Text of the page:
“… engaged in a pattern or practice of unconstitutional stops, searches, arrests, use of excessive force and theft by officers in violation of the First, Fourth and 14th Amendments. … [and] NPD’s law enforcement practices had a disparate impact on minorities in Newark. … this pattern of constitutional violations has eroded public confidence in the police. As a result, public safety suffers and the job of delivering police services was more difficult and more dangerous.”
Newark isn’t the only example of places where people of color have been stopped without adequate cause. In New York City, Philadelphia, Los Angeles, and Chicago, reforms are now being enacted because of clear racial profiling. In each city, the rights of black or Latino-looking people were found to be violated because they were being stopped routinely, simply for walking down the street, driving their cars, or being in an economically blighted or crime-ridden area.
If you think that’s not a problem, imagine for a moment that you or your child, or someone else you love, was stopped and treated like a criminal just because of the color of their skin. Imagine the humiliation and imagine the distrust such occurrences would breed among your community of the very people who are supposed to be protecting you and your family.
It hasn’t been only people of color who have been disproportionately targeted. Homeless people have also been harassed by police in some cities.
The June 20th Supreme Court ruling says that it doesn’t matter if a person was illegally detained; if they are found to have a warrant, how they were found to have one doesn’t matter.
Dissenting Justice Sonia Sotomayor, the Supreme Court’s only Hispanic judge, wrote, “It says that your body is subject to invasion while courts excuse the violation of your rights. It implies that you are not a citizen of a democracy but the subject of a carceral state, just waiting to be cataloged.”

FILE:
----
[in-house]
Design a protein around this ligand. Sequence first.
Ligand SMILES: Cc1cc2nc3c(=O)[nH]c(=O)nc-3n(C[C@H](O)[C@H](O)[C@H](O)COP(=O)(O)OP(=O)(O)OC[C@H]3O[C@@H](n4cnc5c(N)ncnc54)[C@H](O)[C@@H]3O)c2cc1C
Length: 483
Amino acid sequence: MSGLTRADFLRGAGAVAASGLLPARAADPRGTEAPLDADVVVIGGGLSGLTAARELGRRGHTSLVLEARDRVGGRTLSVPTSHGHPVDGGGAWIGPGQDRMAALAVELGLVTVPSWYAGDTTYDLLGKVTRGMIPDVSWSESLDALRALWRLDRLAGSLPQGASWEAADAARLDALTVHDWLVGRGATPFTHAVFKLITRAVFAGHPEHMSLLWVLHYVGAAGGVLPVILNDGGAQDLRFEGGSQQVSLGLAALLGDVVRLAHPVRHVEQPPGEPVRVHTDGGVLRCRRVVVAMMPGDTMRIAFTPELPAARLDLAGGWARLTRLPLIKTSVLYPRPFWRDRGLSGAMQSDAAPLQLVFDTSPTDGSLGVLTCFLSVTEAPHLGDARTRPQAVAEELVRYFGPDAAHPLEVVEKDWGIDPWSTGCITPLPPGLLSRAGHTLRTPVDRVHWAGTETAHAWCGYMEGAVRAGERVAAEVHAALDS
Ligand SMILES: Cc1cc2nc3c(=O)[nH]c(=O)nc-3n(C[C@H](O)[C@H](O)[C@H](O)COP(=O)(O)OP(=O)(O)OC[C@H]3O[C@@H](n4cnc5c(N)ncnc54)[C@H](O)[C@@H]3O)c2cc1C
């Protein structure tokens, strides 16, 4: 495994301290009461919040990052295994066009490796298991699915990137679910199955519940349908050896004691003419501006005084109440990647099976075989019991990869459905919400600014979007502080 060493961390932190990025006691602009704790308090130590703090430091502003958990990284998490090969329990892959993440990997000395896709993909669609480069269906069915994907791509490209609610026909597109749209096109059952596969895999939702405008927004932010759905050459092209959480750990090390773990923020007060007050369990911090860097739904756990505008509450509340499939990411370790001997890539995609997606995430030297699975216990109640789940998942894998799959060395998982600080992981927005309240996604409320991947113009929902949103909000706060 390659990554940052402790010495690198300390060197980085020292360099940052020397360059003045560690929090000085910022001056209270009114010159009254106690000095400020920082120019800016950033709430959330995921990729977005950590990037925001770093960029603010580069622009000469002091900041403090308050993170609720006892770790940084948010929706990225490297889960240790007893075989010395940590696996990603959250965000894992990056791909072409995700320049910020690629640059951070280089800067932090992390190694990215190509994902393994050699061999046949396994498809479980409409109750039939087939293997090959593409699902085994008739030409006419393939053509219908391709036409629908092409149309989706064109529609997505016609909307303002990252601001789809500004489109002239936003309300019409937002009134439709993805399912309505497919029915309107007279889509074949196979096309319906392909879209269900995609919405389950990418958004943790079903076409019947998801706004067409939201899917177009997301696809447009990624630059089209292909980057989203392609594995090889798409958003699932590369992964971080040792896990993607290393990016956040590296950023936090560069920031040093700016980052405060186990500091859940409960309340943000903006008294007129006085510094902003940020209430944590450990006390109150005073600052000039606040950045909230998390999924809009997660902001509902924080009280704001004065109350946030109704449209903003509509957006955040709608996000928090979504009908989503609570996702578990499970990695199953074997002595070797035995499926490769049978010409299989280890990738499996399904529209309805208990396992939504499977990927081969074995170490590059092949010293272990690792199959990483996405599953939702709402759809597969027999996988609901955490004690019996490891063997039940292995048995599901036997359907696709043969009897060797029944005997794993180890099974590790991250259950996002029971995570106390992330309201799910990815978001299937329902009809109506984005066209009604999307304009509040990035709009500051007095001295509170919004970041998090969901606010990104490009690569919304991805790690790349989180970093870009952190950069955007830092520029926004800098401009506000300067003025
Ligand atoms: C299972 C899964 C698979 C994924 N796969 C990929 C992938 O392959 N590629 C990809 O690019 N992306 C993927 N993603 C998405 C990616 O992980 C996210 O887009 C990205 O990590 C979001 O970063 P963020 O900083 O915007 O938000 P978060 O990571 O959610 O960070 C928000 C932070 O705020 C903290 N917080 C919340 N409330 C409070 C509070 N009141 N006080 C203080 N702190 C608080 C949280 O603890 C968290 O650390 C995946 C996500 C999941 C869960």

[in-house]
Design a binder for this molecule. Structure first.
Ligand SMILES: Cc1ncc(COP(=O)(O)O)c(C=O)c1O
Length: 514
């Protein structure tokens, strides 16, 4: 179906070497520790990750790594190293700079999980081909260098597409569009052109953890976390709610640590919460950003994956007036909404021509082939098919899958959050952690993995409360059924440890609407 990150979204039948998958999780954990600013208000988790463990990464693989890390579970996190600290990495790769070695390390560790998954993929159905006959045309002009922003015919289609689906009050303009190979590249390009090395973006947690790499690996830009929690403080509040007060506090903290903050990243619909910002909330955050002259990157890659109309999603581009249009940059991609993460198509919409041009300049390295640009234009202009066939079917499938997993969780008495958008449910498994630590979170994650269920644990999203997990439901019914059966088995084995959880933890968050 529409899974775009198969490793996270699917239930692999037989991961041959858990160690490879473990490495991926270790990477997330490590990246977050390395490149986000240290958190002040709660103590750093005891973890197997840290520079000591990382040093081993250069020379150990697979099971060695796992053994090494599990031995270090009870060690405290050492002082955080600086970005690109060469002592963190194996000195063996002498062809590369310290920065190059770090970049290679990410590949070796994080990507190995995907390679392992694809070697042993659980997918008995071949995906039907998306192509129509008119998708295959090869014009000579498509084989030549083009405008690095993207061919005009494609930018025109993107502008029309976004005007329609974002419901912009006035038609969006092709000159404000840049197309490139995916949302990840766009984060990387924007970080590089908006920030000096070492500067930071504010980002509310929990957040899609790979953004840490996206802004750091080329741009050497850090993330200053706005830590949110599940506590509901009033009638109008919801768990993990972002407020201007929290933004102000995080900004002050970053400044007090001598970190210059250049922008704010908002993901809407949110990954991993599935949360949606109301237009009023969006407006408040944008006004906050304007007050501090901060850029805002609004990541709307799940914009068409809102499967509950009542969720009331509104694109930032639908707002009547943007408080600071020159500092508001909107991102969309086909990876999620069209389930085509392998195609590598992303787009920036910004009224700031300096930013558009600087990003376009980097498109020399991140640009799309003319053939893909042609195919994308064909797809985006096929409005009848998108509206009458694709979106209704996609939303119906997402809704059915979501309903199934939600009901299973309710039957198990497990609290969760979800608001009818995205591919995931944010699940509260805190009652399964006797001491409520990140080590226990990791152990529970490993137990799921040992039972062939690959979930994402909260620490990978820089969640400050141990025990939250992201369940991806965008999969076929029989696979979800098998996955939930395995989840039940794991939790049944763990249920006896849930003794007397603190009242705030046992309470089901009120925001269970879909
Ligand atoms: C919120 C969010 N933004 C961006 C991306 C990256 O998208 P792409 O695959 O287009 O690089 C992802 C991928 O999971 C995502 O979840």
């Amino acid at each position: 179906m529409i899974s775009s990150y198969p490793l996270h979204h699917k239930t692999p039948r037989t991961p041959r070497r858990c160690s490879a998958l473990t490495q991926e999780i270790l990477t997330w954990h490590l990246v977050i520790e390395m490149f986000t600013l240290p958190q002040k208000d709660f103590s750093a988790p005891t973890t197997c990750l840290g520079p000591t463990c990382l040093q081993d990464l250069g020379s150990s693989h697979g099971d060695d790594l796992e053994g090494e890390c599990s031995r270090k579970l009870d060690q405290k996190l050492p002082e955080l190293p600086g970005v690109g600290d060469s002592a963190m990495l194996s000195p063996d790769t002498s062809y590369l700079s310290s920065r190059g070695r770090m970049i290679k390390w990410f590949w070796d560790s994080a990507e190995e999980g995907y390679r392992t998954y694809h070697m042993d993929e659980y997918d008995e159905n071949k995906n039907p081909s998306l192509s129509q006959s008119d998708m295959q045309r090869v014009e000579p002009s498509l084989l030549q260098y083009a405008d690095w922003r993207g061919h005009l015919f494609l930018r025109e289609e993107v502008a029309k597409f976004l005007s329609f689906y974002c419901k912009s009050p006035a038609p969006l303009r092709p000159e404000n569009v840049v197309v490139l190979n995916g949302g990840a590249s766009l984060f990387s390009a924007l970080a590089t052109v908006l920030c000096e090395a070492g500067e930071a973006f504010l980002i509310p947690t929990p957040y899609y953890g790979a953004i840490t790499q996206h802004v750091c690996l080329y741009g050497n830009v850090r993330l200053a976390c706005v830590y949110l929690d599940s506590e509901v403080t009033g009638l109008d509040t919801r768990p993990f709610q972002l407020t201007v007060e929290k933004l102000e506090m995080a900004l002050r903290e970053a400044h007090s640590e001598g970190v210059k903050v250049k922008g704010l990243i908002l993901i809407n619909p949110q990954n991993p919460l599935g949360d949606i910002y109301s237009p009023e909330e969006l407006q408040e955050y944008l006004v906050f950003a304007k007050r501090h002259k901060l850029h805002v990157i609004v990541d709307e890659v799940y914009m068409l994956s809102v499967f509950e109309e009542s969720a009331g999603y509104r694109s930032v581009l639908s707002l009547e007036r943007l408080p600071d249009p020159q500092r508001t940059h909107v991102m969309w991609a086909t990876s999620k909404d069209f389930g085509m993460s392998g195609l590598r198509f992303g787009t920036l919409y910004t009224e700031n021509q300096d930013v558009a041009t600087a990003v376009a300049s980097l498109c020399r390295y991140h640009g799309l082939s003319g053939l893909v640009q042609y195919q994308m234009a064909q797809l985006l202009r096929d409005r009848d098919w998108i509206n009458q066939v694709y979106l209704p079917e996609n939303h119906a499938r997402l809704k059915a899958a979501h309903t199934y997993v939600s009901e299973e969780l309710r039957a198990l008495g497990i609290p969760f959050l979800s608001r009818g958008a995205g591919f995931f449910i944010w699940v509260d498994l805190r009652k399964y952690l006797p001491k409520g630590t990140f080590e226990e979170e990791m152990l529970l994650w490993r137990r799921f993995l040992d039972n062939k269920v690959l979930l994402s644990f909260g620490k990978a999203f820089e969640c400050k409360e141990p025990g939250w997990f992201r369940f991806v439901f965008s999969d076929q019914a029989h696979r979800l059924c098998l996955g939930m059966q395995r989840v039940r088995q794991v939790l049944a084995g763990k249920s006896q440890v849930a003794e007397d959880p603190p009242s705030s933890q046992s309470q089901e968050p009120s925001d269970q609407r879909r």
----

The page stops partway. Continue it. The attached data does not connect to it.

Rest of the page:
Not a problem if you don’t do anything wrong to get a warrant, right?
The problem here is that due to tough-on-crime laws fueled largely by propaganda and campaign contributions by the private prison industry have made poverty a crime in many ways.
Got a traffic or parking ticket and can’t afford to pay it? Warrant for you.
Homeless, got a ticket for sitting in a park and can’t pay it? Warrant for you.
Have no car and count on a ride to court who shows up 10 minutes late? Warrant for you.
In Ferguson, Missouri, where a Justice Department investigation prompted by the police shooting of unarmed teenager Michael Brown found that law enforcement in the city routinely violated the civil rights of black residents.
A startling 16,000 of Ferguson’s 21,000 citizens have outstanding warrants—an average of three warrants per household, mostly for minor traffic infractions. The reason: the city was relying on revenue from tickets and arrests to supplement its budget.
Sotomayor noted that the June 20 ruling will encourage officers to “stop and question first, develop reasonable suspicion later.”
This ruling has the potential to detrimentally impact lives, but perhaps more importantly, it undermines the very purpose of the Fourth Amendment, which is to stop any policing force from being able to target individuals or groups for harassment.
Even if you don’t think this affects you, the fact that it erodes the U.S. Constitution should be of concern for all of us.
As Sotomayor wrote, “We must not pretend that the countless people who are routinely targeted by police are ‘isolated.’ They are the canaries in the coal mine whose deaths, civil and literal, warn us that no one can breathe in this atmosphere. They are the ones who recognize that unlawful police stops corrode all our civil liberties and threaten all our lives. Until their voices matter too, our justice system will continue to be anything but.”
Author: Amanda Christmann
Editor: Caitlin Oriel